Now that I'm returning to post-tour sanity, I'm actually starting to read the blogs again. That's right, baby: blogs! They're the wave of the future.
I suppose it's a little lazy of me to simply share what I've been commenting in my travels, and act like that's a bona fide post. (Is it? Sometimes I feel like I've lost all sense of decorum.)
Anyway, I chimed in at Eric Benson's fantastic post on Pandora and iTunes's Genius service. The original post is well worth your time, so go read. And here is what I said about it:
This is a very interesting piece. I'd be curious to know about the constituency of music listeners that Pandora is attempting to serve (I haven't had a chance to listen to the interview, so I don't know if this was covered there). But I think they are assuming that most people are pretty happy hearing "more of the same." Why else would they tout their service as "stations that play only music you like"? You can't really be adventurous in your listening without the risk of failure, and if they're counting on you liking everything they come up with, well, where's the risk?
That in fact is why I have always been suspicious of services like Pandora, Genius, the Amazon recommendations system, etc. I do use them from time to time, but I kind of resent the way they seem designed to make the process of discovering music easier. That seems like a pitfall to me, because personally I have always enjoyed the hard work involved in the process of discovering new music through my own active research: methodically triangulating numerous sources (friends, libraries, reviews, DJs, etc.) and coming across some real gems in the process. While it's true that that approach is more time-consuming, involves a greater degree of risk, and a can occasionally yield a dud, it still feels like when I am actively participating in the my own music search, instead of having possibilities handed to me by an algorithm, the end result is a feeling of greater connection with the music I end up loving.
Of course, on the other hand, I understand the motivation behind services like Pandora, which I think would not be springing up if there was not exponentially more music in the world these days. It's a response to what Alvin Toffler called "overchoice" -- the dizzying array of new releases in any given week, month, year. So I get it, but I still avoid it.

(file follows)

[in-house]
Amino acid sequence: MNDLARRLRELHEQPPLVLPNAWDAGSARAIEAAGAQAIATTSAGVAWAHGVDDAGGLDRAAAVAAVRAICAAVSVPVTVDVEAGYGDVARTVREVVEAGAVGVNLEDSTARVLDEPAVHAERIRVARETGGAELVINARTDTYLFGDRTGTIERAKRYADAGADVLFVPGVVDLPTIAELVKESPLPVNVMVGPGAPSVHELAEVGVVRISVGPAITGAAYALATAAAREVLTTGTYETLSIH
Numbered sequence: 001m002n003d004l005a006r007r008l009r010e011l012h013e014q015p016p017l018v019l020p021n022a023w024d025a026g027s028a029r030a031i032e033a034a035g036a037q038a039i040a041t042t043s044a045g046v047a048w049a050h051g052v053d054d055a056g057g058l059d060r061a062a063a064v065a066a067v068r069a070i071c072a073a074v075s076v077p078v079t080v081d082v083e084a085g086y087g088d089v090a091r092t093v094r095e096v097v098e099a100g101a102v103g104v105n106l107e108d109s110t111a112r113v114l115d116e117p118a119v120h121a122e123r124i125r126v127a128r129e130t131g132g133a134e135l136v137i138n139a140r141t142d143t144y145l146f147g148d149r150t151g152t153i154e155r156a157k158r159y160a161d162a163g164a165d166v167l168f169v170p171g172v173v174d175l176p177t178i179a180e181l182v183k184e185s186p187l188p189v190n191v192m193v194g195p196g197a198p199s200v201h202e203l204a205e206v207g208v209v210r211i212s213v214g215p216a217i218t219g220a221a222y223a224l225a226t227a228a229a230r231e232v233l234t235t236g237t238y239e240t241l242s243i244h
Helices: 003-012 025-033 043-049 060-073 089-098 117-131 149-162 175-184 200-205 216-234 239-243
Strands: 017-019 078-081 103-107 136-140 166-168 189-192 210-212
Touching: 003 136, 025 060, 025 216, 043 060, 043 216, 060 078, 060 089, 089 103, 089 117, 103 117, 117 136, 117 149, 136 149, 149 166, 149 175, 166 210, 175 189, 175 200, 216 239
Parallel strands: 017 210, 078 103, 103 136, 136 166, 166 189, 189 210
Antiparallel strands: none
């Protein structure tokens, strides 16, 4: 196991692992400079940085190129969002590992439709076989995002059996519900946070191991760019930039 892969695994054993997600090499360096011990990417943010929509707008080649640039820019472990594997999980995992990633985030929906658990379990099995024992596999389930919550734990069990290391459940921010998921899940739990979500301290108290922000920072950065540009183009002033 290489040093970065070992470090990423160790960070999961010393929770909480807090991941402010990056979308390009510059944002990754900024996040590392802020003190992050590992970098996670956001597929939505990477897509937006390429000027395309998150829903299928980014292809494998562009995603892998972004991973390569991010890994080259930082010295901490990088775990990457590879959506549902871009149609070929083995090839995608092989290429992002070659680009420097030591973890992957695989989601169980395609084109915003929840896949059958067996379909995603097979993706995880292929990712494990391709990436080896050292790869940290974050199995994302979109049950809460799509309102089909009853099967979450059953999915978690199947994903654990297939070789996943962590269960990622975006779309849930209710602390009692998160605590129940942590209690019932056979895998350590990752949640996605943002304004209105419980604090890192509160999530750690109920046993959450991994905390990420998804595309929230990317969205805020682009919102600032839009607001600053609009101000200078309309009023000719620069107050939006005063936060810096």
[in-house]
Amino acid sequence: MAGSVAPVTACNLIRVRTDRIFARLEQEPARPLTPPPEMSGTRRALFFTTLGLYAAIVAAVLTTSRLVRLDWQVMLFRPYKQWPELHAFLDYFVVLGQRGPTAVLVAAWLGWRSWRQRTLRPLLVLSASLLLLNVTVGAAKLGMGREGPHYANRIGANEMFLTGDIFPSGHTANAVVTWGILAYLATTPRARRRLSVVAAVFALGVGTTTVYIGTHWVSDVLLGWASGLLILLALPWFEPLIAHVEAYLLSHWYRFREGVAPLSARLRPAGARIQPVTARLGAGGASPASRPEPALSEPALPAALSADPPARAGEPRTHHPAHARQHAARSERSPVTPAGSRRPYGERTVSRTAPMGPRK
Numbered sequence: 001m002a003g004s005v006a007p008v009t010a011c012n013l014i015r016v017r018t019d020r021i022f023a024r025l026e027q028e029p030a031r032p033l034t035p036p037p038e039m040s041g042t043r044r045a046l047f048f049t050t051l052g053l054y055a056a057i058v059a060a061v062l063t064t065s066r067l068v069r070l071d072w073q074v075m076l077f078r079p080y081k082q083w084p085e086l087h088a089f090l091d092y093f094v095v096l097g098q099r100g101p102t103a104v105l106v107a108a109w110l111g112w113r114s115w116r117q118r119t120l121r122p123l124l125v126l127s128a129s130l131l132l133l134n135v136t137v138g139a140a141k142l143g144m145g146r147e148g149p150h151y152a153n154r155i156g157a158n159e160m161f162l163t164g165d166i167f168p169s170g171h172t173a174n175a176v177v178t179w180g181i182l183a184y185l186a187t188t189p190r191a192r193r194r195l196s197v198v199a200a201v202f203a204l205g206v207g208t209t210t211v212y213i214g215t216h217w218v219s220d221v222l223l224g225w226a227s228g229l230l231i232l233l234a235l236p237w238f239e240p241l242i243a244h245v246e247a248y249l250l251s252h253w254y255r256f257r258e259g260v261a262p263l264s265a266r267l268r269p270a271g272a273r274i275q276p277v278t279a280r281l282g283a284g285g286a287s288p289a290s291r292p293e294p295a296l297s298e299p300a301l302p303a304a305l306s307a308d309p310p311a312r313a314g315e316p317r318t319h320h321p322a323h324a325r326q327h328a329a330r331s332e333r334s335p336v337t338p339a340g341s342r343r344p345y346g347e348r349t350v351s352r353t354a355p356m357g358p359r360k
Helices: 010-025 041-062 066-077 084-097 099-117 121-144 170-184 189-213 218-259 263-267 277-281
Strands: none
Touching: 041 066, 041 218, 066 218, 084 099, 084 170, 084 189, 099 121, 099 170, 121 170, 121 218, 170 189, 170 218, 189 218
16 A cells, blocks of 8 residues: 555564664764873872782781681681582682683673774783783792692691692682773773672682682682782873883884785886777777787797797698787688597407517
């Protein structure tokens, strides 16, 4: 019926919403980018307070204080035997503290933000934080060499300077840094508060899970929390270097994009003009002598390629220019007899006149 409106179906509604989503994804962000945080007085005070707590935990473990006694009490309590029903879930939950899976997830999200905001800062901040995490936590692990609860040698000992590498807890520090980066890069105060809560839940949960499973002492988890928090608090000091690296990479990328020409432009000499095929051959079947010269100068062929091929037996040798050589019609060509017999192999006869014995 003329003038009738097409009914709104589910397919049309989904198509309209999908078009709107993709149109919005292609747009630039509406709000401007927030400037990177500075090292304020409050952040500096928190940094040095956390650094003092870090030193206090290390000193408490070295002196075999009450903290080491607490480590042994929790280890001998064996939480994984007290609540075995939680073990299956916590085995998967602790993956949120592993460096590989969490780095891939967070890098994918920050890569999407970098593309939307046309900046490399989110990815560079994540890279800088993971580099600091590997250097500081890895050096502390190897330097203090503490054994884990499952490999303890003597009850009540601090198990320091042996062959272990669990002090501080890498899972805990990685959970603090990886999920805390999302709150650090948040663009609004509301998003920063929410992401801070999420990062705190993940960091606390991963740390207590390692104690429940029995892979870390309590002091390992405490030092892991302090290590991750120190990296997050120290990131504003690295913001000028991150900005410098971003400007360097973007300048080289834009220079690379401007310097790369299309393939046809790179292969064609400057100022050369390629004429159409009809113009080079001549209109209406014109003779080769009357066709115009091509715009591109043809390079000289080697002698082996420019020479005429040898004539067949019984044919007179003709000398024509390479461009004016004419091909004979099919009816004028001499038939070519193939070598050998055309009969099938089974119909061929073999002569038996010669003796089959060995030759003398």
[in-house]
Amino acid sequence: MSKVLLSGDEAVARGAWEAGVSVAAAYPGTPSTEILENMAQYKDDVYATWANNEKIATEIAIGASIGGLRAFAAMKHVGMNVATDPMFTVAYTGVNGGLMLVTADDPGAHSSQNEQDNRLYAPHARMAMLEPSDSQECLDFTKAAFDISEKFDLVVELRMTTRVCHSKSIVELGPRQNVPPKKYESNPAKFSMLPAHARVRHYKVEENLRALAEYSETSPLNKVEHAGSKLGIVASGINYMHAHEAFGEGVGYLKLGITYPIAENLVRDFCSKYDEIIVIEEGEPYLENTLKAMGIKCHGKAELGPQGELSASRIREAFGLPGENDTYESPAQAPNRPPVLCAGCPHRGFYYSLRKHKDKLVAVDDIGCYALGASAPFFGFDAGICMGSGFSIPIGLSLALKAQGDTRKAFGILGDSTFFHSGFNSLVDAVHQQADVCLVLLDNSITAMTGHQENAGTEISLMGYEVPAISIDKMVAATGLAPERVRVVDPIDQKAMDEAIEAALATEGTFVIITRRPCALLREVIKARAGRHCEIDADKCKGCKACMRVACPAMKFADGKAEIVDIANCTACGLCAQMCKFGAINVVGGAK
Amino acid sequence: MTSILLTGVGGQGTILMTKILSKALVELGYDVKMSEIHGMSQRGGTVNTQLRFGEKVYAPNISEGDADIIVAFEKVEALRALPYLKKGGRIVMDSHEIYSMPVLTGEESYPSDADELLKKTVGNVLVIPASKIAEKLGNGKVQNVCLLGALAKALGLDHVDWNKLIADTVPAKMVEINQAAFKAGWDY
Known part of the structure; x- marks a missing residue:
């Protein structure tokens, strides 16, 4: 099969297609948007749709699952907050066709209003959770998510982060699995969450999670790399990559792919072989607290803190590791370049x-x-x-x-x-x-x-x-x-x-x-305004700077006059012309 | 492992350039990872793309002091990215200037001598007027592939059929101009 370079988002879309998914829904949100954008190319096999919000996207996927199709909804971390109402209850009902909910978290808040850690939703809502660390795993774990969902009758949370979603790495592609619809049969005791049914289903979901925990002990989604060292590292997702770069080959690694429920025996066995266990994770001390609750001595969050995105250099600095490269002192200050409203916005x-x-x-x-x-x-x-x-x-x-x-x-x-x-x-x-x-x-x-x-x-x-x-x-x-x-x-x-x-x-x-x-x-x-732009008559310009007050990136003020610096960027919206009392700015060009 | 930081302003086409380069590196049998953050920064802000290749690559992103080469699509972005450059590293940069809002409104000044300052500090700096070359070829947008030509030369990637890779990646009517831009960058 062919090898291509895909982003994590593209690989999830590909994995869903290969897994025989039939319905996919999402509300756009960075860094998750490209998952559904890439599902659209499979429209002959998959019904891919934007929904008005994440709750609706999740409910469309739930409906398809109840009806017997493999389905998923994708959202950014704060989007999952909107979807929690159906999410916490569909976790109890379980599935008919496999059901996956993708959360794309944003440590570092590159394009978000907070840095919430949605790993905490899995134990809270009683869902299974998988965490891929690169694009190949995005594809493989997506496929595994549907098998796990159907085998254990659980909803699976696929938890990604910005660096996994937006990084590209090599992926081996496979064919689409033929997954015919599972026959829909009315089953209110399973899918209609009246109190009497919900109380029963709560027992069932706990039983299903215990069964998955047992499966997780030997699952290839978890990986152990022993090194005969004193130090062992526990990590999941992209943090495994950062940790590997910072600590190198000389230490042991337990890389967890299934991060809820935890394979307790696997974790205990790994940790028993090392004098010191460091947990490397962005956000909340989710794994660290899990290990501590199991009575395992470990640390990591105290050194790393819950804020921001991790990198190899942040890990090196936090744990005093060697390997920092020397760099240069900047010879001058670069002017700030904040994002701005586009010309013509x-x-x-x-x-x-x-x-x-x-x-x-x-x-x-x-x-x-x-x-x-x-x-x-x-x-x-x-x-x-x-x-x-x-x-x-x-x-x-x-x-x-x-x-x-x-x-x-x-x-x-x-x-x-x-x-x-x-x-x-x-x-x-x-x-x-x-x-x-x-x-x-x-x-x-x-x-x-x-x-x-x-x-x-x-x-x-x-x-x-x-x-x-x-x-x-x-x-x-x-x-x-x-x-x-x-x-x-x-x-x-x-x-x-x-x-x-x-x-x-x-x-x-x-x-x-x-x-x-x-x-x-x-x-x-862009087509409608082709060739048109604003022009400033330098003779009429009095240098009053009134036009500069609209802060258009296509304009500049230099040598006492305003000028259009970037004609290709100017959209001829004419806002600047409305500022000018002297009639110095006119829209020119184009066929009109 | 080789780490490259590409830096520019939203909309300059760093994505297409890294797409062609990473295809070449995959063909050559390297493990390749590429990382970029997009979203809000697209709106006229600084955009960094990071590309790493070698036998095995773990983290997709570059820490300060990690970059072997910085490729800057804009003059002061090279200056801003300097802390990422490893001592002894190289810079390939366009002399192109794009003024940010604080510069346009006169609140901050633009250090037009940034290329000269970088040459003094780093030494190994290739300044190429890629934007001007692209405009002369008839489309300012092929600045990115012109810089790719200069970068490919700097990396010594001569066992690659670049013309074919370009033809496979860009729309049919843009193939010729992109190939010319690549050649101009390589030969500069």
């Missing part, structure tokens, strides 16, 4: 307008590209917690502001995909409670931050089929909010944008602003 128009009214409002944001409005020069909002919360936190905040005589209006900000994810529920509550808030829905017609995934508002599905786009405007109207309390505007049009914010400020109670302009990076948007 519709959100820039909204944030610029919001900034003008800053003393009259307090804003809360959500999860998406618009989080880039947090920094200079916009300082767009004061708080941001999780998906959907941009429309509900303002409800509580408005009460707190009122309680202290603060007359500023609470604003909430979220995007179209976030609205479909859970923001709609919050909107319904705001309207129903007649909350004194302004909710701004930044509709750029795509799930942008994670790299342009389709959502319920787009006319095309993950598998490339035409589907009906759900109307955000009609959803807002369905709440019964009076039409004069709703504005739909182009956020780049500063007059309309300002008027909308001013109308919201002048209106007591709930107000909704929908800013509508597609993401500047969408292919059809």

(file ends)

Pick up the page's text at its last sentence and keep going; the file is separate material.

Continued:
Earlier, I waxed ponderous at Peter Hum's terrific post on semantics and music criticism. Again, well worth your time. Again, go read. Again, here's what I said:
Thanks for this great discussion, Peter.
Personally, though I try to choose my words carefully (and at times obsessively), I confess I'm less concerned with finding the perfect word to describe music x, or automatically avoiding certain words for the same reason. Language has always been a much more fluid phenomenon than most of us realize when we're caught up in it at any given moment. But the truth is that fifty or a hundred years from now, what seems like perfect or imperfect terminology today may have changed its meaning in ways we can't foresee.
What is far more important, and what your article reminds us of, I think, is that writers need to *define their terms up front*, either explicitly, or by placing a given word in a context that is impossible to miss. And failure to do that is really where the problem comes in.
The other thing you've reminded me of is the Orwellian idea that the words a writer chooses (though if he or she is being lazy, "choice" may not be the best description of what is happening) can influence the thoughts he or she is having. As Orwell says in Politics and the English Language, sloppy writing produces sloppy thinking. And whatever else is going on with the music biz these days, we could sure do with a lot less sloppy thinking.
Incidentally, a very good friend of mine is diving into the blogosphere. His stuff is here. Take it for a spin if you like.
[Photo credit: Mike Licht]